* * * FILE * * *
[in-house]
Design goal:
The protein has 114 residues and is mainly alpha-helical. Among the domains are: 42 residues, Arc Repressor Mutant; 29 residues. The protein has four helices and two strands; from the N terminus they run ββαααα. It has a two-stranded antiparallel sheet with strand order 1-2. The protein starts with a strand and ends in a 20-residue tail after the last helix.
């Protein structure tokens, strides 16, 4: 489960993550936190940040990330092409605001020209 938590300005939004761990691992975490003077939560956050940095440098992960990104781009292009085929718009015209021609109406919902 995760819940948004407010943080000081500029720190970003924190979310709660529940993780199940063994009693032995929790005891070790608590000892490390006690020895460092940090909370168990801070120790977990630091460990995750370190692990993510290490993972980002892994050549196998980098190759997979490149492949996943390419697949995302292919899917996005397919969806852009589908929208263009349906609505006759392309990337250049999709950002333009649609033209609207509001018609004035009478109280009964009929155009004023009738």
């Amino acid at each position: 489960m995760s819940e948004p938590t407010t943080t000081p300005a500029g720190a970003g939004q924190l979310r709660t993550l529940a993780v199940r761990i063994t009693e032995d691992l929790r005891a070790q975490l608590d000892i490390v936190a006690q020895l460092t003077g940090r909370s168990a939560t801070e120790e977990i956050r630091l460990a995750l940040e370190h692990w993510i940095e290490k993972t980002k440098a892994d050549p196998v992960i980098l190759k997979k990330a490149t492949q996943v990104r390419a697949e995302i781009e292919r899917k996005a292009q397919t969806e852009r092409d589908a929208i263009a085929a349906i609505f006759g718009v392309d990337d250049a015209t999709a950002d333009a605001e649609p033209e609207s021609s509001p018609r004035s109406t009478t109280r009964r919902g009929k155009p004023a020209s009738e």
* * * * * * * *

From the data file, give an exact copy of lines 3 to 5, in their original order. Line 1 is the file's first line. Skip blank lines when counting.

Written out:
The protein has 114 residues and is mainly alpha-helical. Among the domains are: 42 residues, Arc Repressor Mutant; 29 residues. The protein has four helices and two strands; from the N terminus they run ββαααα. It has a two-stranded antiparallel sheet with strand order 1-2. The protein starts with a strand and ends in a 20-residue tail after the last helix.
């Protein structure tokens, strides 16, 4: 489960993550936190940040990330092409605001020209 938590300005939004761990691992975490003077939560956050940095440098992960990104781009292009085929718009015209021609109406919902 995760819940948004407010943080000081500029720190970003924190979310709660529940993780199940063994009693032995929790005891070790608590000892490390006690020895460092940090909370168990801070120790977990630091460990995750370190692990993510290490993972980002892994050549196998980098190759997979490149492949996943390419697949995302292919899917996005397919969806852009589908929208263009349906609505006759392309990337250049999709950002333009649609033209609207509001018609004035009478109280009964009929155009004023009738």
């Amino acid at each position: 489960m995760s819940e948004p938590t407010t943080t000081p300005a500029g720190a970003g939004q924190l979310r709660t993550l529940a993780v199940r761990i063994t009693e032995d691992l929790r005891a070790q975490l608590d000892i490390v936190a006690q020895l460092t003077g940090r909370s168990a939560t801070e120790e977990i956050r630091l460990a995750l940040e370190h692990w993510i940095e290490k993972t980002k440098a892994d050549p196998v992960i980098l190759k997979k990330a490149t492949q996943v990104r390419a697949e995302i781009e292919r899917k996005a292009q397919t969806e852009r092409d589908a929208i263009a085929a349906i609505f006759g718009v392309d990337d250049a015209t999709a950002d333009a605001e649609p033209e609207s021609s509001p018609r004035s109406t009478t109280r009964r919902g009929k155009p004023a020209s009738e």